A 24 94 minutes R
You need a lot of patience to be “faithful” to this film. It’s slow but sure without a lot of dialogue. Although the performances between Debra Winger and Tracey Letts are understated, and their interaction is fun to watch. Director Azazel Jacobs focuses on complicated relationships and shows that timing can be everything.
It’s good to see Debra Winger (Officer and A Gentleman, Terms of Endearment) back on the big screen, on her game with comedy. Winger says she held off doing the film for 5 years until the script was right. She and Letts (Tony and Pulitzer award winner) play a couple in a long-term marriage that fizzled out many moons ago.
When we meet them, they both have secret lovers who don’t want to be secret any more forcing Mary and Michael to promise setting a date to tell their spouses it’s time to divorce. Both seem comfortable with things just the way they are, except trying to fit in their time and trysts together is exhausting for both of them, especially with the demands of their lovers for a full time relationship.
The comedy comes from their game of cat and mouse as they steal whatever time they can, to be with their lovers without the spouse finding out. They rely on texting, afternoon delights, using the excuse they have to work late and more.
It becomes shocking and even more complicated when, still sleeping in the same bed, they suddenly turn over in bed, and face to face, kiss accidentally. It’s apparent this is something they haven’t done in forever. Desire takes over and then the cat and mouse game turns instead to the married couple stealing time away from their lovers using any excuse they can dream up. Who’s cheating on who! They are all trying to please each other which seems like an impossible task.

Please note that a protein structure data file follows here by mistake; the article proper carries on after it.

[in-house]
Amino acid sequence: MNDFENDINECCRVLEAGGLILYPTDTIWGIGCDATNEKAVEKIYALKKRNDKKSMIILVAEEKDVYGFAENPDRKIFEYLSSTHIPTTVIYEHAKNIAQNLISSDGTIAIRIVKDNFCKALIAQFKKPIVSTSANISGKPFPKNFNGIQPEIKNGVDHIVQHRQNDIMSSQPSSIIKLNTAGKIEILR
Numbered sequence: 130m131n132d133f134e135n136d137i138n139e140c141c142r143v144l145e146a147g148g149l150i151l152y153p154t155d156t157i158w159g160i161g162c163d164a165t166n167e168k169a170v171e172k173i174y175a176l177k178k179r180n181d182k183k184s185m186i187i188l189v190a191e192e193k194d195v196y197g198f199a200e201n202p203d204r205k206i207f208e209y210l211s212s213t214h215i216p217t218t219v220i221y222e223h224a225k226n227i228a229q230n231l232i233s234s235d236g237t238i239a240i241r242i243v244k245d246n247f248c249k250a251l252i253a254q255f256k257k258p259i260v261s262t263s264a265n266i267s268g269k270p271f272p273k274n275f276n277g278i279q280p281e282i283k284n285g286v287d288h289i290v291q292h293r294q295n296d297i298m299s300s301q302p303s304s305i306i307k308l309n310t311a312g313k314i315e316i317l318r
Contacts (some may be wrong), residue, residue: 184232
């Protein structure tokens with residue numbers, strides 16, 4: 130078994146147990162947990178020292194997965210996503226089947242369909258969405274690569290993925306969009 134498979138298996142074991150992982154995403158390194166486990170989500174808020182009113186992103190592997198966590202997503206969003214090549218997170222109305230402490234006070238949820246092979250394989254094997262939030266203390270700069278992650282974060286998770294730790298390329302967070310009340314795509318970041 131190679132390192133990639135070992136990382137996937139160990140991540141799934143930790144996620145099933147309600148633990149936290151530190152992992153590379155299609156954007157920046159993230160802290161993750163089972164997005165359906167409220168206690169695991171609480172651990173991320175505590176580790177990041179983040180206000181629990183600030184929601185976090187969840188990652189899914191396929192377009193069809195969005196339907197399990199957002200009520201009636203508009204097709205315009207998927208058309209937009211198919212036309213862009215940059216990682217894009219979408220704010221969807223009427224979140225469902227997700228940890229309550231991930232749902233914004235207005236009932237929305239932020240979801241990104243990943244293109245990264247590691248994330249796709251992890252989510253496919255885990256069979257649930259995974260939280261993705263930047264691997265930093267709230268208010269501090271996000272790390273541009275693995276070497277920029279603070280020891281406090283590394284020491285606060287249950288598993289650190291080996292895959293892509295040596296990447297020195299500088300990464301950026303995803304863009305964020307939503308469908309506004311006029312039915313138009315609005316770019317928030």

Jacobs had to do some tricky editing to make this chess game work and he does. It’s more like a drawing room comedy on stage, but you get drawn in trying to follow and find out how it will end. Irish actor Aiden Gillen (King Arthur: Legend of the Sword) is the passionate artist and Mary’s lover. Stage and TV actress, Melora Walters, is Lucy, the fiery dance teacher who is demanding Michael to make her come first. The expressions on the faces of all of the principles run the gamut of emotions. You can almost see what they’re thinking. Should I tell her/him now? Do I want to? What do I really want?
These are not young kids running only on hormones, but Jacobs shows that those romantic and sexual desires are there no matter what your age! The rekindled sex scenes between Michael and Mary are very physical, hot, and funny. They can’t get enough of each other. Then, enter Michael and Mary’s son with his girlfriend who are just as confused.
It’s worth seeing Winger and Letts perform in this well crafted script. The way they move around each other in a kind of dance is fun to watch. This film is a good modern and mature comedy about how fickle and fragile love and lovers can be.